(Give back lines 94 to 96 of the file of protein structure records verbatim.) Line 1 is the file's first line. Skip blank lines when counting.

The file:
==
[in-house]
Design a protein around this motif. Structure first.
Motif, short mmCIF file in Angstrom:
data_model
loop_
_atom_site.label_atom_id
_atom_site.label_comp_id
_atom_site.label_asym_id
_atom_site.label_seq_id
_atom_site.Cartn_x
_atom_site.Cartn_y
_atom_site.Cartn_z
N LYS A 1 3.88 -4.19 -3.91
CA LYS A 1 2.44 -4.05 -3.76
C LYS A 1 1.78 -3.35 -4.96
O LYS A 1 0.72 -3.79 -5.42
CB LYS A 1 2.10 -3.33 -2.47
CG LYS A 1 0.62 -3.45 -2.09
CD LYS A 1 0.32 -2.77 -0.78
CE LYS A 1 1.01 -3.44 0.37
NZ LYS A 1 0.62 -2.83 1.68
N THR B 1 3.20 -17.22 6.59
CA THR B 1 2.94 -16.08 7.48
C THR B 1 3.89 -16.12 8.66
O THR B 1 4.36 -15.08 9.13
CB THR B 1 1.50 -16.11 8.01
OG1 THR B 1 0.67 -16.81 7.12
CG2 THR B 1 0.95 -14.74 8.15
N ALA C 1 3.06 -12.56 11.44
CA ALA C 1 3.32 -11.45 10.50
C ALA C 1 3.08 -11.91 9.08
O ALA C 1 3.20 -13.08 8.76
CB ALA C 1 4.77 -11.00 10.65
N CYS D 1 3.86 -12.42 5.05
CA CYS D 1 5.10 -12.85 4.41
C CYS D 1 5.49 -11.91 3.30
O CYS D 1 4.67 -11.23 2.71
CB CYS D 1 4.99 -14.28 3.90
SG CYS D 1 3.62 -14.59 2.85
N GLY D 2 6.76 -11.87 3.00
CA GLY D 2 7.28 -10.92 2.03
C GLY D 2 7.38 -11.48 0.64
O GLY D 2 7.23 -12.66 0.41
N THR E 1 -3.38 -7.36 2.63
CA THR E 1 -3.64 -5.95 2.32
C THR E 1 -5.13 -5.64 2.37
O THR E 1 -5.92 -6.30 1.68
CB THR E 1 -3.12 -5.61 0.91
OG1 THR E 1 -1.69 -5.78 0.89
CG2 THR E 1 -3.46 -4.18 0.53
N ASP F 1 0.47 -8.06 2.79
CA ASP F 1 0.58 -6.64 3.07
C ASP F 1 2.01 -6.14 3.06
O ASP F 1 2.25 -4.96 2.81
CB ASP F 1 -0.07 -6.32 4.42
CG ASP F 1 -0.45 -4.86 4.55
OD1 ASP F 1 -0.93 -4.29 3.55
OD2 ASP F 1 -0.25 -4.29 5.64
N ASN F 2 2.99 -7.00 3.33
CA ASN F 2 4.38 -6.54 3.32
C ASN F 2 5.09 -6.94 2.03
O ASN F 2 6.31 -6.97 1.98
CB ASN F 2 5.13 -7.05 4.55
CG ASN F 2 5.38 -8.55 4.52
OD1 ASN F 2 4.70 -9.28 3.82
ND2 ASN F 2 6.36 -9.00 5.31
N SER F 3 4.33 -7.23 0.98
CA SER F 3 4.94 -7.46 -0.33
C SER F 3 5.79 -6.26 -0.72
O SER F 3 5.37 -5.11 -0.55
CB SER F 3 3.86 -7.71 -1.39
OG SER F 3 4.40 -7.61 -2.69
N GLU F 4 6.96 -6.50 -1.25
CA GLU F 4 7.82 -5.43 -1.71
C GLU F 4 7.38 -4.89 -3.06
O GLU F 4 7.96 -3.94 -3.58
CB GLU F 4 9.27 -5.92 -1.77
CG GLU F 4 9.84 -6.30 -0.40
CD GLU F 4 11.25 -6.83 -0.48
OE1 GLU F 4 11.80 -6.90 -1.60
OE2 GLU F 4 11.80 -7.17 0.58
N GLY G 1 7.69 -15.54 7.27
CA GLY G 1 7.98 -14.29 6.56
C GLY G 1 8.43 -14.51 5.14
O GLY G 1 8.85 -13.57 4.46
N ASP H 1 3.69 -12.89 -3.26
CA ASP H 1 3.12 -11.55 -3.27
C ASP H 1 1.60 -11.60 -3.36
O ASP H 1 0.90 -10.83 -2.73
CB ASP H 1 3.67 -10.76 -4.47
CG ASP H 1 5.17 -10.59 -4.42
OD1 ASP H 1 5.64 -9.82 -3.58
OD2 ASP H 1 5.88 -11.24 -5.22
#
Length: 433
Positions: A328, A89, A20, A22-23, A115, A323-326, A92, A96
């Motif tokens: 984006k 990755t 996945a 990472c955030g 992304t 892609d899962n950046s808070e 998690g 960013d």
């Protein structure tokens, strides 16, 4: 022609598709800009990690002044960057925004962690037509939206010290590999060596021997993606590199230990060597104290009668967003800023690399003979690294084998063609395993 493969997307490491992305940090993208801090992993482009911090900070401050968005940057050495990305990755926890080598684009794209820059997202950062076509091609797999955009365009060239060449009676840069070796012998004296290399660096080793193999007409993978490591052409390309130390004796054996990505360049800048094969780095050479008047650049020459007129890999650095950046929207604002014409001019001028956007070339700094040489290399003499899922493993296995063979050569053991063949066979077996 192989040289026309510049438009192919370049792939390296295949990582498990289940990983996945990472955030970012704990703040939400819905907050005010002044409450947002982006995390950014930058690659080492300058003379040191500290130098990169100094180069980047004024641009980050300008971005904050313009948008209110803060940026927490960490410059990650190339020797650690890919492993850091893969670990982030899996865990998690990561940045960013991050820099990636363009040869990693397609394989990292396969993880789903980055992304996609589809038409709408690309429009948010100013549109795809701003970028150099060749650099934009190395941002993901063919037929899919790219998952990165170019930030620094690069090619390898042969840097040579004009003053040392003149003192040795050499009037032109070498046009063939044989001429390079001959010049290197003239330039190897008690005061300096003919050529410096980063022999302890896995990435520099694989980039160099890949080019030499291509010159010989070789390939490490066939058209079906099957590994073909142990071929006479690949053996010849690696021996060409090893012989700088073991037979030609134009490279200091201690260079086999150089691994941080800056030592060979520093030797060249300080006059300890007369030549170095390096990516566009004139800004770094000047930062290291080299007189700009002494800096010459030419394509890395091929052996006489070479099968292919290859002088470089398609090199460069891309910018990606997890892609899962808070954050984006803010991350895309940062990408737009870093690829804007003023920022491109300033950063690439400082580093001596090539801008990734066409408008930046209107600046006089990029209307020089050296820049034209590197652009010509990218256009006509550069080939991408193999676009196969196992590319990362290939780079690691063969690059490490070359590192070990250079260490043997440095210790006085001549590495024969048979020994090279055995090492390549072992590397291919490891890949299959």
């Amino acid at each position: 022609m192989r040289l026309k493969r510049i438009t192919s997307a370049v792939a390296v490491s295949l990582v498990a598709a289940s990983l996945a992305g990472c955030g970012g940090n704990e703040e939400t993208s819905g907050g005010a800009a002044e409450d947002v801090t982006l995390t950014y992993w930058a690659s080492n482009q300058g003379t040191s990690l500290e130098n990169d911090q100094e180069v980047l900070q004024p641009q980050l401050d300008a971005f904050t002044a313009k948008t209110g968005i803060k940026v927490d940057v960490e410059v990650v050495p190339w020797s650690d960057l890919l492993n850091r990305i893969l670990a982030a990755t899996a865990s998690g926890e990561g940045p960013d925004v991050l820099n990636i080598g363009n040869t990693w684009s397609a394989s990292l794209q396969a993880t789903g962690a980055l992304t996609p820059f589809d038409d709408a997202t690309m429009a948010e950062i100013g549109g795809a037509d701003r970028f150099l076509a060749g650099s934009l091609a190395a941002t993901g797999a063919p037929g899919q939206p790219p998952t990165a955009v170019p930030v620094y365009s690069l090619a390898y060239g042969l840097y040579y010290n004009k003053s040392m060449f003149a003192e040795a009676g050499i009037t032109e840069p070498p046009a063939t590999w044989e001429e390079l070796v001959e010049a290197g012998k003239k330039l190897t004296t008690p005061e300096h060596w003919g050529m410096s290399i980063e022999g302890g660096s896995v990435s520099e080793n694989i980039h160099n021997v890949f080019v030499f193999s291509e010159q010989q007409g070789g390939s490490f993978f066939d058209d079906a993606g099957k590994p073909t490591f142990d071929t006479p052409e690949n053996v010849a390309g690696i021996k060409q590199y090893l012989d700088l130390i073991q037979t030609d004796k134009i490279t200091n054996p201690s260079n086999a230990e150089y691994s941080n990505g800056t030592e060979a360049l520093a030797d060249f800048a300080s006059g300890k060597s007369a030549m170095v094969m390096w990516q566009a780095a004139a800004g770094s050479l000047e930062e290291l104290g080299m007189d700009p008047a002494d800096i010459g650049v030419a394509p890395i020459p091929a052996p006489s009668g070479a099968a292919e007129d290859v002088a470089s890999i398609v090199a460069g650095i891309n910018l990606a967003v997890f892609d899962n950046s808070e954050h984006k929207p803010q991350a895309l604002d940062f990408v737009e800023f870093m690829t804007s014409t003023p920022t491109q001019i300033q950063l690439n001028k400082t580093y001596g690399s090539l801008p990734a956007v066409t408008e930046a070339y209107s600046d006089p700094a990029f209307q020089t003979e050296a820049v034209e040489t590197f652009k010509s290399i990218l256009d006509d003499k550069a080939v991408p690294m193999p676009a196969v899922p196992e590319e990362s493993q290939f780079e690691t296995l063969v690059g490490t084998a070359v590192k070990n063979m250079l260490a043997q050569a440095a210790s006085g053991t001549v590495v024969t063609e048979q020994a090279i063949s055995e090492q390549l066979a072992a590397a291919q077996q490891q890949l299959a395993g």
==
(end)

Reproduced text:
#
Length: 433
Positions: A328, A89, A20, A22-23, A115, A323-326, A92, A96